The first six months: San Jose Councilmember Arjun Batra
San Jose Councilmember Arjun Batra is pictured in this file photo. Photo by Jana Kadah.

    Editor’s Note: This article is part of a San José Spotlight series examining the newest San Jose councilmembers and their first six months in office.

    San Jose Councilmember Arjun Batra is new to politics and said he doesn’t think like a politician — but that’s what he feels is his best asset.

    Batra’s background doesn’t include the typical long-running list of political positions — instead, he is a retired Intel executive and software engineer who forayed into government a few years ago after working for former Mayor Sam Liccardo’s office of technology and innovation. Now that he’s entered the political fray, Batra said his goal is to address slow government processes and to give back to the South San Jose and Almaden neighborhoods where he’s lived in the same house since 1987.

    “I’m not here to make any money. I’m not here as a stepping stone for another job like mayor,” Batra told San José Spotlight. “My only goal is to make San Jose a little better than how we found it.”

    The city council appointed Batra to the open District 10 seat after his predecessor, Matt Mahan, left to serve as mayor. Unlike his fellow freshman councilmembers, Batra has only been in office for five months and his term ends next year. He plans to run for re-election and is focused on tackling bigger goals, including increasing the city’s housing stock, improving public transit and addressing public safety — particularly around schools.

    The growing homeless and housing crisis is what motivated Batra to serve on the council. On his first day on the job, he set up tours at temporary housing sites to understand the plight of those living on the street. Batra choked on his words recounting his conversations with some of the homeless residents he encountered.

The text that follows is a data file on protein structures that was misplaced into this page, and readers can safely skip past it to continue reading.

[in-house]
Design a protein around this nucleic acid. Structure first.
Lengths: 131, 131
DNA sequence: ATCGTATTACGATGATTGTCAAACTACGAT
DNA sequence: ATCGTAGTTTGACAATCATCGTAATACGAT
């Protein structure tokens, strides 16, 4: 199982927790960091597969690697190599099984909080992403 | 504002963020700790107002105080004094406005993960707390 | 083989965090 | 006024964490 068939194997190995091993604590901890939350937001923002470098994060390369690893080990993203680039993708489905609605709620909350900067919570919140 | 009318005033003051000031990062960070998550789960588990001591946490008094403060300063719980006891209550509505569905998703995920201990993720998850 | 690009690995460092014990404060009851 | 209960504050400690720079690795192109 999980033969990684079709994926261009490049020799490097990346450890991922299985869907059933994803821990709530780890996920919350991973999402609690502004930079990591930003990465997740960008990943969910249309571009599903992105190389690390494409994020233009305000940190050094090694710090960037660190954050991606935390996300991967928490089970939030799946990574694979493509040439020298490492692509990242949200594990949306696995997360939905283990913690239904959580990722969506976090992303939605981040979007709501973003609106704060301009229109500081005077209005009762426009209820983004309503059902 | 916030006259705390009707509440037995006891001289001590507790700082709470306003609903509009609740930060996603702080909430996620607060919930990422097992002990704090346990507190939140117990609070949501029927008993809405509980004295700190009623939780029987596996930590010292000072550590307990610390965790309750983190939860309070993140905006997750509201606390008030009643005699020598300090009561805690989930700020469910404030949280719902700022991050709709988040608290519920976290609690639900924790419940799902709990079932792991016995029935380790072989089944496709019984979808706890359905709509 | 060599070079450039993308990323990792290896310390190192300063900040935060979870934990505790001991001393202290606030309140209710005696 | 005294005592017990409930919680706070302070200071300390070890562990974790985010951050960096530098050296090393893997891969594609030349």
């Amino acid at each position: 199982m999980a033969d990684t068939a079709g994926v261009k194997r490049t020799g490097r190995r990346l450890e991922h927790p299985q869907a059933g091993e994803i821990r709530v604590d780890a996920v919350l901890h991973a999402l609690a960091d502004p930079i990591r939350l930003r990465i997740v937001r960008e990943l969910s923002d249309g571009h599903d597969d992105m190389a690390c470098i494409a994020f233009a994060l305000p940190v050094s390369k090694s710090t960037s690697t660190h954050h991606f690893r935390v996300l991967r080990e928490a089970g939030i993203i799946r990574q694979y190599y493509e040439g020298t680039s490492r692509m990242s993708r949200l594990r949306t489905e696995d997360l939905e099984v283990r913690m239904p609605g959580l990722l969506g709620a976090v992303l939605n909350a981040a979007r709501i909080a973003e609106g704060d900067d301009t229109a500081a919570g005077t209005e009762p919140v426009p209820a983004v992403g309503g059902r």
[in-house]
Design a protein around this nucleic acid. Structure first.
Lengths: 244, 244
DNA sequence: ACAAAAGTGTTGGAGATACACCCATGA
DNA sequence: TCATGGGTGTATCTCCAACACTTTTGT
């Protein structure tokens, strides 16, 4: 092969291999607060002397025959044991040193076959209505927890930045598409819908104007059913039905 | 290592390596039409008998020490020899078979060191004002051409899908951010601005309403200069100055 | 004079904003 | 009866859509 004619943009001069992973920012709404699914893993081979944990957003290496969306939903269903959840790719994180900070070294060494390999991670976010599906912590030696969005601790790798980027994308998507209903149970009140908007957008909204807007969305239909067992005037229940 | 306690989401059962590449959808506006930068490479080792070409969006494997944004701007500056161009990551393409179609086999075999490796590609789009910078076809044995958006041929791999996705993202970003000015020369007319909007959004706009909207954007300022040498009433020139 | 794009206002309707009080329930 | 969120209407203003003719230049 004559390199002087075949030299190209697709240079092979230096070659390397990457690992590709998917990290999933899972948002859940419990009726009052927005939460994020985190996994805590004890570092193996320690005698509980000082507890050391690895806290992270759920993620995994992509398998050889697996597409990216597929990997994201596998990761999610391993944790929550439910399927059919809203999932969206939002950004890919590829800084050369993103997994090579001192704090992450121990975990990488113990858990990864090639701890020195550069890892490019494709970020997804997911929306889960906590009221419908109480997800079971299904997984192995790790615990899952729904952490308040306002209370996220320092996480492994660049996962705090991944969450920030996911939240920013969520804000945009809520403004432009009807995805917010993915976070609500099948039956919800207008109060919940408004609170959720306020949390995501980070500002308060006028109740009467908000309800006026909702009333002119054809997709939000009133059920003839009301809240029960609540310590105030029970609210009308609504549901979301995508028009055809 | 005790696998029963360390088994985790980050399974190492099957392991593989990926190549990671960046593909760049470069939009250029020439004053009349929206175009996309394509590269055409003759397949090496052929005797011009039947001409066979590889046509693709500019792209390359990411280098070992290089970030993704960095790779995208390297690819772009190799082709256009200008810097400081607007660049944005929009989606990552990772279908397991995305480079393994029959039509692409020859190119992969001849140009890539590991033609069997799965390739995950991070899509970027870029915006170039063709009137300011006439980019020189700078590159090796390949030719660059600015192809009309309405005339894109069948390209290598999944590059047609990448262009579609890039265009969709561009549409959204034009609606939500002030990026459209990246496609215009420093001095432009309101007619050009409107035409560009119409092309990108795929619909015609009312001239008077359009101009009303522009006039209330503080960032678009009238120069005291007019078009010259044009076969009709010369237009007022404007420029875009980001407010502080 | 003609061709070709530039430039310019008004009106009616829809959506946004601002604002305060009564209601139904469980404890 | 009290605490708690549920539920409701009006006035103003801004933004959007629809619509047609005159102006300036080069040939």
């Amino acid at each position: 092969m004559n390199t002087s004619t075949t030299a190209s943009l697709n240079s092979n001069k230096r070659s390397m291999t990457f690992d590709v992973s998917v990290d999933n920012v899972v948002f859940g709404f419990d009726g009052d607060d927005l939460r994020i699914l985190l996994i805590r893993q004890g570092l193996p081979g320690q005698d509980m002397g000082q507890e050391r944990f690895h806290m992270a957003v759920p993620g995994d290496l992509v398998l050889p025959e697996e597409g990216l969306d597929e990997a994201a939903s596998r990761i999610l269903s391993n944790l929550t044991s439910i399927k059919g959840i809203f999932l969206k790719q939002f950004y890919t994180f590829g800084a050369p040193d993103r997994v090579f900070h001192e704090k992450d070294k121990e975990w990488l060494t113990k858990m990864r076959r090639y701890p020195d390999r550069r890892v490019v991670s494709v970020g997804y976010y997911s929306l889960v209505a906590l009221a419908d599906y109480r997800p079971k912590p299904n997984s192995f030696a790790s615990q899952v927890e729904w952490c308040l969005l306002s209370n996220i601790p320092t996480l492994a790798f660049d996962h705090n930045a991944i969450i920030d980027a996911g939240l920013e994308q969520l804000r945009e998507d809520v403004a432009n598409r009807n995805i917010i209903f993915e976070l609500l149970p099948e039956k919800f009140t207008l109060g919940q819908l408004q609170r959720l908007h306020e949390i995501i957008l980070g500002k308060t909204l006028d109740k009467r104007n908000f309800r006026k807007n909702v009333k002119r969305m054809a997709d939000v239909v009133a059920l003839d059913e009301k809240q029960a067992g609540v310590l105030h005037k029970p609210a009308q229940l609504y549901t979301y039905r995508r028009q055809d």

“One woman said she was grateful the city gave her the shelter and was feeling almost so confident that within a short time she is going to be able to move out of this place,” Batra said. “She said ‘once I get out of this place and I have my own place I’m going to come back here and volunteer to help the people who are in similar situation.’ It just really moved me.”

    Batra regularly meets with city administrators to find ways to speed up the city’s permitting and housing development process, which has become increasingly backlogged over the years.

    Outgoing Housing Director Jacky Morales-Ferrand said Batra is more engaged than most councilmembers and seeks to understand the city’s complicated financing system. He’s particularly focused on speeding up housing development with more affordable rents to lower the overall cost of living.

    “He’s making suggestions and wants to figure out how he can be effective in the whole housing conversation,” Morales-Ferrand told San José Spotlight. “He also has an open mind and for a councilmember, it’s good that he is still saying “I’m interested in learning” versus I already have a position.”

    Batra said most of his work as a councilmember is behind the scenes. He’s introduced and collaborated on 11 memos so far. As a former member of the Measure T Oversight Committee, he took the lead to ensure tax dollars were prioritized to build more fire stations — as the 2018 voter-approved measure intended. He also worked on opening the city’s safe parking site at a South San Jose VTA lot and is exploring policy to reduce the number of cars the city tows — about 4,600 a year — by encouraging people to request junkyard pick ups that may pay for car parts.

    Batra said residents tell him they care deeply about making streets safer. In response, he approved 15 new speed bumps across his district, repainted certain streets to make them appear narrower and placed speed radars to encourage slower driving.

    In this year’s budget, Batra secured 10 new school crossing guards and $190,000 to add more lights in the Hoffman Via Monte area. He’s working on creating bike routes so children and parents can safely ride to school campuses.

    He also secured $150,000 to host the district’s annual 4th of July fireworks show at Almaden lake — one of the several community events held by his office.

    Richard Sanders, a member of the Almaden Senior Association, said he’s appreciated Batra’s candor and sincere efforts to listen to community concerns.

    Politically, Batra is best described as a moderate, though his votes are not always predictable or align with any one particular side. He said he doesn’t have go-to allies on the council because he tries to work with everyone to find the best solutions for San Jose.

    “He always has information about what’s going on, he is straightforward and he has grown a lot into this role since I met him in February,” Sanders told San José Spotlight.

    Contact Jana Kadah at [email protected] or follow @Jana_Kadah on Twitter.

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